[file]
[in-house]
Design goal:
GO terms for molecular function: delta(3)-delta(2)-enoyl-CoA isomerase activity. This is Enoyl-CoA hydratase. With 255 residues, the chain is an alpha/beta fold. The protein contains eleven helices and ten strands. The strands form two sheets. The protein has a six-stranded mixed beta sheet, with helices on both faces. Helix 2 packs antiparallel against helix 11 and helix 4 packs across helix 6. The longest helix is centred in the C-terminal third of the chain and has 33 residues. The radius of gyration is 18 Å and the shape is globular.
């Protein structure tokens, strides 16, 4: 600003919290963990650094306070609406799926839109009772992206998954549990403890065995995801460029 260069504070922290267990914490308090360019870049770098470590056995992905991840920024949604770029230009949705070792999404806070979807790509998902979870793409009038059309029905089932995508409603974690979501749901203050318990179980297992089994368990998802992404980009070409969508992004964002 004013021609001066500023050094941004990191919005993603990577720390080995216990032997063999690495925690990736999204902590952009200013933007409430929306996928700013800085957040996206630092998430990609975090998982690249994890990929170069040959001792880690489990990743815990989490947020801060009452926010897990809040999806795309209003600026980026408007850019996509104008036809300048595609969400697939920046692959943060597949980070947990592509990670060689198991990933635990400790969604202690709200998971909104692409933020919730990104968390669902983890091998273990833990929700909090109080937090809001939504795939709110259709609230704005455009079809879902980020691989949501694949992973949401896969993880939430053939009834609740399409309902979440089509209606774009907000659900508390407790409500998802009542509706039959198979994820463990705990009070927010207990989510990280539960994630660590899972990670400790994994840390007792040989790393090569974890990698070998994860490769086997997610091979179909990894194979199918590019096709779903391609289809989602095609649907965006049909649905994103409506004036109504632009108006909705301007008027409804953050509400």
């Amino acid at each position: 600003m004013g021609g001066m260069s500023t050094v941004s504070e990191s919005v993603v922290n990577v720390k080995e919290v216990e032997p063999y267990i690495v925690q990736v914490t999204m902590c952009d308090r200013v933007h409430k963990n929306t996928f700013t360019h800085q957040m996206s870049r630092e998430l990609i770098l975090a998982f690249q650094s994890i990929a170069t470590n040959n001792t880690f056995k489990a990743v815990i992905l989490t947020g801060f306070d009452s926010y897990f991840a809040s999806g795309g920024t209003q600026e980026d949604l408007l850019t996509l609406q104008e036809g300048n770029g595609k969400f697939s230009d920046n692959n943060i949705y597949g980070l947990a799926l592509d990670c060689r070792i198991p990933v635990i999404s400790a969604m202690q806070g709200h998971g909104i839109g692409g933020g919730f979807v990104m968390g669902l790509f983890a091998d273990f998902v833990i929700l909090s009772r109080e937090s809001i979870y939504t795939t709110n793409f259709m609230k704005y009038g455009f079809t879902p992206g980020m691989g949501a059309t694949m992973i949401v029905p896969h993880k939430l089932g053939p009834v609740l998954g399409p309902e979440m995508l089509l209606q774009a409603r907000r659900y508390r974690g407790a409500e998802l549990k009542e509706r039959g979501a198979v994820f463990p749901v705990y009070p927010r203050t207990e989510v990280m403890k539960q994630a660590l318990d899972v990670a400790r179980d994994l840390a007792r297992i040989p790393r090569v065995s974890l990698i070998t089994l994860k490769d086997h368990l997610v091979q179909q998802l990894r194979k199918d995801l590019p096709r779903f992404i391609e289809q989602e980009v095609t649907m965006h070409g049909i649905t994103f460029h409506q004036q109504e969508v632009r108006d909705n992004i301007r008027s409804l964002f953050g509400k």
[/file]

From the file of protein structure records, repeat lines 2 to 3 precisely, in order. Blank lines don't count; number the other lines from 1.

Design goal:
GO terms for molecular function: delta(3)-delta(2)-enoyl-CoA isomerase activity. This is Enoyl-CoA hydratase. With 255 residues, the chain is an alpha/beta fold. The protein contains eleven helices and ten strands. The strands form two sheets. The protein has a six-stranded mixed beta sheet, with helices on both faces. Helix 2 packs antiparallel against helix 11 and helix 4 packs across helix 6. The longest helix is centred in the C-terminal third of the chain and has 33 residues. The radius of gyration is 18 Å and the shape is globular.